From hands wiped clean to clean new start at Ballarat Orphanage

By Erin Williams
Updated November 2 2012 - 11:39am, first published April 10 2009 - 1:29pm
LOOKING BACK: Former ward of the state Jo Frances at her Scarsdale home. Picture: Eugene Hyland
LOOKING BACK: Former ward of the state Jo Frances at her Scarsdale home. Picture: Eugene Hyland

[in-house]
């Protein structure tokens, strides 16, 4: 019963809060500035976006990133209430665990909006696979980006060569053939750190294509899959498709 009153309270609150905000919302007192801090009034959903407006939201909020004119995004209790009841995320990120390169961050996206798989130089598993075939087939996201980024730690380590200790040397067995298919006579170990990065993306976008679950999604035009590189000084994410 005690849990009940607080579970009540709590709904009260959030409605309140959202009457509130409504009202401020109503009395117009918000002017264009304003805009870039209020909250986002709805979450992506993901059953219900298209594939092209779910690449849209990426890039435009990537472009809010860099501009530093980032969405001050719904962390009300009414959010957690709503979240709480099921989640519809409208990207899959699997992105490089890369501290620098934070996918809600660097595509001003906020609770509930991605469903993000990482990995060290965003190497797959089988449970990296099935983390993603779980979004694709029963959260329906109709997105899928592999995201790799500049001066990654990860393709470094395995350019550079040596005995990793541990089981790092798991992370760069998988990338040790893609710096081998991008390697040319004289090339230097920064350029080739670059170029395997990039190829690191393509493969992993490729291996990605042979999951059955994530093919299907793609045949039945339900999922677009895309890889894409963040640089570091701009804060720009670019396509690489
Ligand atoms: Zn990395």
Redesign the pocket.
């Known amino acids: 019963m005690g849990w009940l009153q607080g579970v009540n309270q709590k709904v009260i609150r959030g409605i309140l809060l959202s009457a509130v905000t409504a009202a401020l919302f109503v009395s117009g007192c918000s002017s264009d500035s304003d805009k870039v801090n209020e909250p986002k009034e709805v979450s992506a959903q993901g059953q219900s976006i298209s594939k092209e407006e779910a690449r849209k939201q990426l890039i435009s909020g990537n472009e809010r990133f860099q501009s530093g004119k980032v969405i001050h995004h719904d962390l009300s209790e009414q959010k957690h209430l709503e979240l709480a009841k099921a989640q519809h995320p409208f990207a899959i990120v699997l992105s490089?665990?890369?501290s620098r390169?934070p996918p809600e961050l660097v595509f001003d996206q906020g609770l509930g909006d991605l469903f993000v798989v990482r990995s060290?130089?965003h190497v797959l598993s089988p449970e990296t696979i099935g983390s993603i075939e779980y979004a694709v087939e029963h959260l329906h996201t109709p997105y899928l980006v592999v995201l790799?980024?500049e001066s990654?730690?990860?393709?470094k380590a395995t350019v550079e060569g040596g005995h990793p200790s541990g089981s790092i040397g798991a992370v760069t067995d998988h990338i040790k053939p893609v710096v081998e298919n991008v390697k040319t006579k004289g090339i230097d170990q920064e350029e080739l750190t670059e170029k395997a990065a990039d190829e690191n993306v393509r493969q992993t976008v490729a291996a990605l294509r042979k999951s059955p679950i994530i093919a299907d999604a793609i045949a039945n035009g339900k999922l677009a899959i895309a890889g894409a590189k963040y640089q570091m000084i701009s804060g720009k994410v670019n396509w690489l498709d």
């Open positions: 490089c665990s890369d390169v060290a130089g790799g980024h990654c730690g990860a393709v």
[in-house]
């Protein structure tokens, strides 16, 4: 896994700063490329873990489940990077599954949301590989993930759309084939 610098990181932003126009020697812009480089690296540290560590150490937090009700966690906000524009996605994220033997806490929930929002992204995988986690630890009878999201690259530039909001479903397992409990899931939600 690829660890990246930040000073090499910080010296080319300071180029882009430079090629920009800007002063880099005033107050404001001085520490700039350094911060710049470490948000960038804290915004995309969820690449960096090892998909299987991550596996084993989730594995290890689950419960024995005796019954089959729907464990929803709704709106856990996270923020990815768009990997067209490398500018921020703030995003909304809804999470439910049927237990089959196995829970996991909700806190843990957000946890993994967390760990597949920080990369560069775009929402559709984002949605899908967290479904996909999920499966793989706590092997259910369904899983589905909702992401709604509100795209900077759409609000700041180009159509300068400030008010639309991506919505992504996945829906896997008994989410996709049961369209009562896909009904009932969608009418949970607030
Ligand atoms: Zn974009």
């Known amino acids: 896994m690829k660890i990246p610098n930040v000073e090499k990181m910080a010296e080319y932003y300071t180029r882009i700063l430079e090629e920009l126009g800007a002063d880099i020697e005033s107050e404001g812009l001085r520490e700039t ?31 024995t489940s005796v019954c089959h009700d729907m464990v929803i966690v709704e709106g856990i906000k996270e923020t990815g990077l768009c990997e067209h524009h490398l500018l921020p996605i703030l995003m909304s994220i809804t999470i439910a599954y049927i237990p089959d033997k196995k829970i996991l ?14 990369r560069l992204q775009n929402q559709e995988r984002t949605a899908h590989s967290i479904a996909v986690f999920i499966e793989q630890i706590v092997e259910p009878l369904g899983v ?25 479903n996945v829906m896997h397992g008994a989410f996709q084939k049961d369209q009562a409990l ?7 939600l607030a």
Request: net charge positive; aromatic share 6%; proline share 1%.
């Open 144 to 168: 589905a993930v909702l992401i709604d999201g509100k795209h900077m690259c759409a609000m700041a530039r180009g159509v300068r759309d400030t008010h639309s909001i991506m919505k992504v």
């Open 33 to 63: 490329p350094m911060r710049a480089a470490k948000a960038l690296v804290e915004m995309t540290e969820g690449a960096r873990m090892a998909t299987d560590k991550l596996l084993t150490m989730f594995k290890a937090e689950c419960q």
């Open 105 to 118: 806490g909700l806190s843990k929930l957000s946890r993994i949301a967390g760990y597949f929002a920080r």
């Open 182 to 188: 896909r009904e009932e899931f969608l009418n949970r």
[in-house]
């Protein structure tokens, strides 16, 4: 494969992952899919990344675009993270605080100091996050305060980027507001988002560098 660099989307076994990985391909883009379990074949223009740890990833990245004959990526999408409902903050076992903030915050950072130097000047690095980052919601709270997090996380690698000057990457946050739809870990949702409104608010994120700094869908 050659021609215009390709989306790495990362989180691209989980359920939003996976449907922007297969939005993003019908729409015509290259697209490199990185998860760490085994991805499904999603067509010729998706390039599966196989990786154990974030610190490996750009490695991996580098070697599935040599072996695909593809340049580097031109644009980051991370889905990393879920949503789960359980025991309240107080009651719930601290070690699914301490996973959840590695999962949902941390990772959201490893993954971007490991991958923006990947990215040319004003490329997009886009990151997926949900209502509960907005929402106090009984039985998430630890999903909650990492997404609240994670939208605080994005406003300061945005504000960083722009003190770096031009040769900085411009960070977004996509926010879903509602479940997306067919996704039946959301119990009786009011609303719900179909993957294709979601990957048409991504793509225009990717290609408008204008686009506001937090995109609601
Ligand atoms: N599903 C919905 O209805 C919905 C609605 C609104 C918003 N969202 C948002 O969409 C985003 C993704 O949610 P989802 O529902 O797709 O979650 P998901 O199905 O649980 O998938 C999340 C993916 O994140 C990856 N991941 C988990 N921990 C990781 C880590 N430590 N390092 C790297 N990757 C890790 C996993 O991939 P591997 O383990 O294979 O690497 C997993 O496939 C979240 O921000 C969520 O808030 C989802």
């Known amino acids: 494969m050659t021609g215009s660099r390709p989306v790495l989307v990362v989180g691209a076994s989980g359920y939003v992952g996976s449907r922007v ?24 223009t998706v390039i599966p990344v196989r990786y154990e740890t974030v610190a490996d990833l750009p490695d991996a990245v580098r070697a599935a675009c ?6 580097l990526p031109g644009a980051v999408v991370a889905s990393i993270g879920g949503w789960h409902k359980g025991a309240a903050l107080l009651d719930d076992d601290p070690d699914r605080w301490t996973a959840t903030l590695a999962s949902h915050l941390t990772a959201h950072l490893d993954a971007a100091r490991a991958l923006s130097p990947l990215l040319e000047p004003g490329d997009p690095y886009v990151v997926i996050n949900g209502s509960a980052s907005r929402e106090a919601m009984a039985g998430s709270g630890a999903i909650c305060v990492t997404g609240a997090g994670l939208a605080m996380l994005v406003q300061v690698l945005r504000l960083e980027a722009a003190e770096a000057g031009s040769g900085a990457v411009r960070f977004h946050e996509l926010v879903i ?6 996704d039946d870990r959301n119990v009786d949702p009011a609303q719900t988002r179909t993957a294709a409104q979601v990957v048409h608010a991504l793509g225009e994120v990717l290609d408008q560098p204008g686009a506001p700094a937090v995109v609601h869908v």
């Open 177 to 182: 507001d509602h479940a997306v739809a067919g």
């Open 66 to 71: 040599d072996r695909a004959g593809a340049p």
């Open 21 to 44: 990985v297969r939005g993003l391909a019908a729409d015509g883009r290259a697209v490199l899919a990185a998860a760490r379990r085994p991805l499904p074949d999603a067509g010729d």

JO FRANCES believes her mother wiped her hands clean of her the moment she entered Ballarat Orphanage.Ms Frances was born illegitimately in 1943 during the war at an unmarried mother's home in Carlton. Her mother deserted her and she was made a ward of the state."I was there until I was five while my mother went back to do her (nurse) training at the Austin and find someone she could marry, or who would marry her, so she and whoever she married could legally adopt me," Ms Frances said."Up until that stage, Mother paid 10 shillings a week for my keep. I have all these records from the child welfare department chasing mother for non-payment of my maintenance. It is most interesting to read."Ms Frances' mother married and legally adopted her daughter when she was five-years-old, but her mother then ran off with another man."Because of his cruelty I kept running away. There was a court case and I was committed to the welfare state and as uncontrollable as you could be in those days ... " Ms Frances said."I used to run away to the neighbours and they used to look after me. At times I went bush and the police were called in to look for me." Ms Frances was admitted to two youth centres near Melbourne.She was apparently suited to neither."And they put me up in the Ballarat Orphanage, the normally-run, free sort of institution. I had a wonderful time, I really did," she said."It was lovely and peaceful ... I enjoyed it. They sent me to Ballarat East High School (now Ballarat Secondary College East Campus)."Despite not remembering friends she made at the orphanage, Ms Frances has many fond memories.She said when she was well behaved, she was allowed to go to a theatre set up in the gymnasium on a Saturday night."There used to be a milk bar opposite (the orphanage) and some of us got pocket money. We used to go across and get a bottle of lemonade. You never took the top off the lemonade, you used a nail to put a hole in the lid and it would last the whole time of the movies," she said.She also remembers the beautiful old building she lived in from 1956 until 1959. It was demolished 43 years ago."I remember the leadlight windows and the old mosaic tiles in the entrance. We used to have to clean it. We had to do a hell of a lot of cleaning. They didn't have cleaners which was fair enough in an orphanage home," she said.Ms Frances vividly remembers walking from the orphanage to Ballarat via a stormwater drain, only to be caught after one of her friends cut her hand on a beer bottle."It was great fun we used to love it. We used to go into town and straight back again," she said.Life near the end of Ms Frances' time at the orphanage took an unexpected turn. While working as a telephonist at the former Ballarat Post Office, she met her step-father who had married her mother."He said `I have been looking for you for years and nobody would tell me where you were'," Ms Frances said.From that chance meeting, Ms Frances learned she had an aunt and uncle who had never had children so they took her out of the orphanage and looked after her until she was old enough to study nursing.Ms Frances' mother died, as a result of a car accident in 1987, without talking to her daughter for 30 years.After her sudden death, Ms Frances had to clean up her mother's house and was shocked to find no indication of her having a daughter."She denied she had any children at all in the back of her passport," Ms Frances said."And when I cleaned up her house there was not a photo or a mention of me at all ... I think apart from a couple of letters, she just wiped her hands of me completely, which was pretty difficult because I tried to talk to her a couple of times in later years."After delving into her history, Ms Frances cannot help but wonder why her mother allowed her defacto to abuse her without her mother sticking up for her."I always wanted to ask her why did you allow that to happen to your own child because she struggled to keep me in the younger years and she would not have me adopted for some reason or other," Ms Frances said."I don't regret it. Life is life. It didn't add up. She didn't want me yet she didn't want to let me go to a normal relationship. I always wanted to ask her why?Ms Frances is now living in Scarsdale and has one daughter and three grandchildren.

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